It’s possible the strike won’t happen at all because there’s pressure on the government right now to back down. Maybe they will, maybe they won’t. They have backed down on one thing already: they took out the issue of retirement age from this round of legislative change.

The level of uncertainty is huge. Looking back maybe you’ll say, this was all silly, it fizzled, it was business as usual in the end. Most strikes do fizzle and never go off. But with a big train strike like that, I woudn’t count on it! But I don’t know, nobody knows until it’s all behind us.

So, what you need to do and what I would do is TAKE THE TRAIN OUT of your travel plans. Go another way! You can book a flight or buy a ticket for a regional bus, or rent a car, or find a ride share, but do not plan on taking the train unless you can deal with a high level of uncertainty. I can’t tell you what trains will and will not run and neither can the SNCF. You will find out the day before you’re scheduled to go at 5 PM. If that seems crazy to you, make different plans!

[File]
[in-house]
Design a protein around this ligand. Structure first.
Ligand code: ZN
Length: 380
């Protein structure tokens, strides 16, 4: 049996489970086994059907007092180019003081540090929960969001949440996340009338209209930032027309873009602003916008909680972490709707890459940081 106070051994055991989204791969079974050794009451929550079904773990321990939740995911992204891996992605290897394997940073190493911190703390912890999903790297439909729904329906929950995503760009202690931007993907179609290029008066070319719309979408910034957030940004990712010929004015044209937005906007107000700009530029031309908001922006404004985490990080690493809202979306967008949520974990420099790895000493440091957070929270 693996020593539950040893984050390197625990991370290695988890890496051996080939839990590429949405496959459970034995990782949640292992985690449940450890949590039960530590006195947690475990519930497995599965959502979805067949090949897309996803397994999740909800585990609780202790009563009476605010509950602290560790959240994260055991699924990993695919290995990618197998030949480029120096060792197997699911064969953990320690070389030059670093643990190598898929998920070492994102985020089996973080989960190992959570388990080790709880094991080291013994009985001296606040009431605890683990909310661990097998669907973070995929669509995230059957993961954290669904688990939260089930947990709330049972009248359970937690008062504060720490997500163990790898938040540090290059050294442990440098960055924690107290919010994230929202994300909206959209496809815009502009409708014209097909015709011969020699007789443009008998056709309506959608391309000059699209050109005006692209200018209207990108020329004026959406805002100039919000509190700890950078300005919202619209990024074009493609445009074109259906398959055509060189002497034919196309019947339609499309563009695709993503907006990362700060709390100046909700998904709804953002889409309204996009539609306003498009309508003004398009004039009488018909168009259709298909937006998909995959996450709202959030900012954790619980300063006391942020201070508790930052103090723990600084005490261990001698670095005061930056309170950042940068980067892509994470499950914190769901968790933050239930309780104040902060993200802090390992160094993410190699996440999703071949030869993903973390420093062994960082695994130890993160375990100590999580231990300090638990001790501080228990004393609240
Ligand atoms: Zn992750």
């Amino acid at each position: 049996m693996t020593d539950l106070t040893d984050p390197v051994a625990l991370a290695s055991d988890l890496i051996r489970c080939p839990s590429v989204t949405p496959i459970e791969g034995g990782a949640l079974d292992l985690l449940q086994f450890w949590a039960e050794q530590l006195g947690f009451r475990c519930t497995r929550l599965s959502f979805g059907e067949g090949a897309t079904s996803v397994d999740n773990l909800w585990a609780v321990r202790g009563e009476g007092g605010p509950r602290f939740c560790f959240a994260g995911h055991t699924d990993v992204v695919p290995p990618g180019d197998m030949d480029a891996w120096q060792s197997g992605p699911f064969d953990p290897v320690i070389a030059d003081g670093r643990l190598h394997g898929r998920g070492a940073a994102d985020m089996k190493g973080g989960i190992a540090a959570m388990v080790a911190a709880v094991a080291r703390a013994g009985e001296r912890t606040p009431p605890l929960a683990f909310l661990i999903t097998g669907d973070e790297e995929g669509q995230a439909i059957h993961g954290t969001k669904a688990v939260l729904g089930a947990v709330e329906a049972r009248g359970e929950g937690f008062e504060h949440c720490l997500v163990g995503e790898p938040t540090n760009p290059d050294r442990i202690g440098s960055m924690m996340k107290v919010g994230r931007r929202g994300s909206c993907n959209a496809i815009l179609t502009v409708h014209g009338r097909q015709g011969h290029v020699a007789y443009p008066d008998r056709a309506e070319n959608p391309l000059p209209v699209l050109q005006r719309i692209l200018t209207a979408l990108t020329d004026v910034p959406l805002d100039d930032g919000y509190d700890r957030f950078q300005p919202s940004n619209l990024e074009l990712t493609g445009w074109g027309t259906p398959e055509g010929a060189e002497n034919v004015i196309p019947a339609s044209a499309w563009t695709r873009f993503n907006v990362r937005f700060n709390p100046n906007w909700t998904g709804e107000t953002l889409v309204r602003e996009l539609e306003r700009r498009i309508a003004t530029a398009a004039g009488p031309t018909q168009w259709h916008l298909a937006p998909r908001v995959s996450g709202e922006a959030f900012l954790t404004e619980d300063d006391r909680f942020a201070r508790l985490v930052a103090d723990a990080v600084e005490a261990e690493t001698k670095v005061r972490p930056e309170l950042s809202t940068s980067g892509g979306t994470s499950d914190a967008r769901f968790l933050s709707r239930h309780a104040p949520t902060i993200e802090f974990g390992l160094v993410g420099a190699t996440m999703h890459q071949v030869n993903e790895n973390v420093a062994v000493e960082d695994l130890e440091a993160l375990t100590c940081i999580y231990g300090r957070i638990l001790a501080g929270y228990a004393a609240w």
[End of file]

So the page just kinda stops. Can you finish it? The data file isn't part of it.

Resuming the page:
Listen to the episode I did about using regional buses in France, it was Episode 75. The bus is a really good option. Good bus lines to consider are FlixBus, a big German company, very professional. You can install their App to see all the routes and buy tickets. Ouibus is also big, but it’s owned by SNCF, so that might make you nervous, but it probably shouldn’t because whereas train folks are government employees, bus drivers hired by the same company are not, so they don’t strike much at all. You also have isilines (spell), eurolines, trans’bus. Look them up, there are bus lines from everywhere to everywhere.

Consider flying also if you need to go some distance. But I wouldn’t buy from Air France right now, JUST IN CASE. When train folks get excited, Air France may follow. They are birds of a feather so to speak. You have other options for flights within France with EasyJet, RyanAir, and others as well I’m sure.

You could rent a car. For info on driving in France, listen to episode 138 and 16 of the podcast and search for the word “driving” on the site, we’ve talked about it often.